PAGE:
We’re having lobster tonight. Hubbie bought three from a fisherman parked on the side of the road earlier in the day. Why he bought three and not four for two people is beyond me, but hey, I won’t look a gift horse in the mouth; I love lobster. I’m not sure how one divides a lobster in half, but I suppose it can be done; we’ll manage, I’m sure. Two claws are easy. I don’t eat the bodies or the legs, so Hubbie can have those. We can cut the tail in two, even though it won’t be an even split. They’re large lobsters, so perhaps one each’ll do us anyhow. After all, Hubbie IS on a diet. Not me.
Hubbie lets them crawl over one section of the kitchen counter for a bit while the water boils. At one point, he holds the biggest one in his hand and strokes its underside, like he’s fascinated, as if he’s never seen one before. Ugh and yikes! Then he unceremoniously deposits each one in the huge pot of boiling water and plops down the lid. A mere seconds later, the lid is bouncing around, up and down.
I kinda pity those poor lobsters trying to save themselves from their certain fate.
While the lobsters try to escape, a discussion ensues about brains and which are smarter – lobsters or pigs. The topic began, I think, cause I brought up the show I saw last night about the inhumane treatment of pigs in pig farms somewhere in the U.S. The narrator talked of mother pigs separated from their piglets and how the mothers would sneak back to their babies, only to be brutally attacked by the employees of the farm when discovered. There were other horrific stories, not to mention video and photos. I tell ya, I’m not eating pork ever again. I forget the name of the show; maybe it was part of the news. Anyhow, someone on the show said pigs were as smart as dogs. When I mentioned that – well, that started Hubbie on his tirade. He thinks dogs are the smartest animals and cats the dumbest. (How cats snuck into this discussion I don’t know.)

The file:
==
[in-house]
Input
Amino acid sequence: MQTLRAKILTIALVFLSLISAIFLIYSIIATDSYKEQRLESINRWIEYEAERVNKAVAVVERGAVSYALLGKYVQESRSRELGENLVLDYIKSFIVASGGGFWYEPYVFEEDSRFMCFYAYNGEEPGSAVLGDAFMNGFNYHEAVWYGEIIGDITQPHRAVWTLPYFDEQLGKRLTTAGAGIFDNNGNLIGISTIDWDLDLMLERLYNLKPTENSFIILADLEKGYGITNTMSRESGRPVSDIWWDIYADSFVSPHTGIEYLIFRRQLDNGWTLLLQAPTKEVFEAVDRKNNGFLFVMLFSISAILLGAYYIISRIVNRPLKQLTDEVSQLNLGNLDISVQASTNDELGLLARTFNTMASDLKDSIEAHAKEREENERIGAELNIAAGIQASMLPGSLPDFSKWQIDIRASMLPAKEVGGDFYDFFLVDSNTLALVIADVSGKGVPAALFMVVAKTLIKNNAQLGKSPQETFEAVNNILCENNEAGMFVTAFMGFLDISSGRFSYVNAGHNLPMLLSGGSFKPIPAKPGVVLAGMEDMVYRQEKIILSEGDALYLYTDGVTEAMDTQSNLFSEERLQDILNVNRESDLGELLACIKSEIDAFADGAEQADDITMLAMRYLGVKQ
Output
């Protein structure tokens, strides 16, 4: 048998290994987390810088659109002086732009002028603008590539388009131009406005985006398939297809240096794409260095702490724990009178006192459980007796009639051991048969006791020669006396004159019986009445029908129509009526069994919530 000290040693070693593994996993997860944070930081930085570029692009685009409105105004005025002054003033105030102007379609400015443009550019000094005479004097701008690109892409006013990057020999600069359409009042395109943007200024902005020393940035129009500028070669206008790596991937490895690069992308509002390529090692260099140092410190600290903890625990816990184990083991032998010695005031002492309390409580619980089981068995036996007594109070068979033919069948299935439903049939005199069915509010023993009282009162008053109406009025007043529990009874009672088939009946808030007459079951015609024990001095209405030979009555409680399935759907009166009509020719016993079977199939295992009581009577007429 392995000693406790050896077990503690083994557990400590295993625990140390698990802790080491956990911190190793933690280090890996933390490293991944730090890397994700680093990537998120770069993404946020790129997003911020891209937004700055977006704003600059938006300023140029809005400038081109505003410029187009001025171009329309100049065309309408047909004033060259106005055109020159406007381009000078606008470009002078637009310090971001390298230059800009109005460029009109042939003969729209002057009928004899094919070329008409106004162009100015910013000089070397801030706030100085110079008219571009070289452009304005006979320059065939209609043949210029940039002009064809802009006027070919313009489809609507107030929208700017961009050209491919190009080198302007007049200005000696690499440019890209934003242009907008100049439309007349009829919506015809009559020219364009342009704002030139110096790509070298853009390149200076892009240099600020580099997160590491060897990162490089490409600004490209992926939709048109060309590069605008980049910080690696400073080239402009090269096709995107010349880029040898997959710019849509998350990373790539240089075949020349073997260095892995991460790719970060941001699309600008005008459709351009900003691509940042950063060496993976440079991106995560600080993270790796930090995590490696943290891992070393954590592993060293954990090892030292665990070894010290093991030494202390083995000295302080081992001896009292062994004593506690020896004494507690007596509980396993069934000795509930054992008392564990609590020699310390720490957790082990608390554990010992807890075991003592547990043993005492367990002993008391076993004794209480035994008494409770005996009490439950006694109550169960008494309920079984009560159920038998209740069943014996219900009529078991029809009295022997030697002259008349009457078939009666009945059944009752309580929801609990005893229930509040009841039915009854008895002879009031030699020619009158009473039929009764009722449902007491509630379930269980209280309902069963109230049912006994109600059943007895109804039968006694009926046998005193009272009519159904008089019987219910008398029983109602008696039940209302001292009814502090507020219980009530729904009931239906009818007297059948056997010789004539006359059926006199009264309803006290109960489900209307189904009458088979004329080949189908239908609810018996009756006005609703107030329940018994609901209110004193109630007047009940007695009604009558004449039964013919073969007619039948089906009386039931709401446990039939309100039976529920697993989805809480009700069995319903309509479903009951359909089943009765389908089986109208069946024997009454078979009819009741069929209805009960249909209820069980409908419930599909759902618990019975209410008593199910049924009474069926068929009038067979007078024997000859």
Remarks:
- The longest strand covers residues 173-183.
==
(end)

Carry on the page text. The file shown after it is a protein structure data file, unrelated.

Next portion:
“Where was I when that show was on?” he asks.
“I dunno, you must have been asleep, or down in your man cave.” I can’t keep track of where he is at the best of times.
“Well, who says pigs are as smart as dogs?”
“I dunno, that show I watched.”
“Well, where did they get that information? Can I say that ants and spiders are smart, too, and have everyone believe me?”
Now he’s getting ridiculous.
“There was some sort of study. News shows just don’t make up facts, you know,” I say.
“Well, where did they get their facts from?”
I’m exasperated by now, wishing I had never opened my mouth. “I dunno. They never said. It wasn’t a show on which animal’s the smartest, you know. It was a show on inhumanity to pigs. It was just a comment made in passing.”
Then he gets back on his tirade of ants and spiders. He knows I hate those things. Then he asks about flowers and plants. “When you cut one, do they not feel it?”
I gulp down my wine and pour another glass. He concentrates on the boiling lobsters.
“Dandelions fold up at night, did you know that?” he suddenly says.
No, I didn’t. I make a mental note to google “dandelions.” My curiosity gets the better of me, however, and minutes later, I sneak into the office.
Yep, he’s right. Google knows everything. Yes, indeed, the flower head of the dandelion closes up at nights and during inclement weather. I figure it must be nature’s way of protecting them. After all, dandelions don’t have a brain, do they?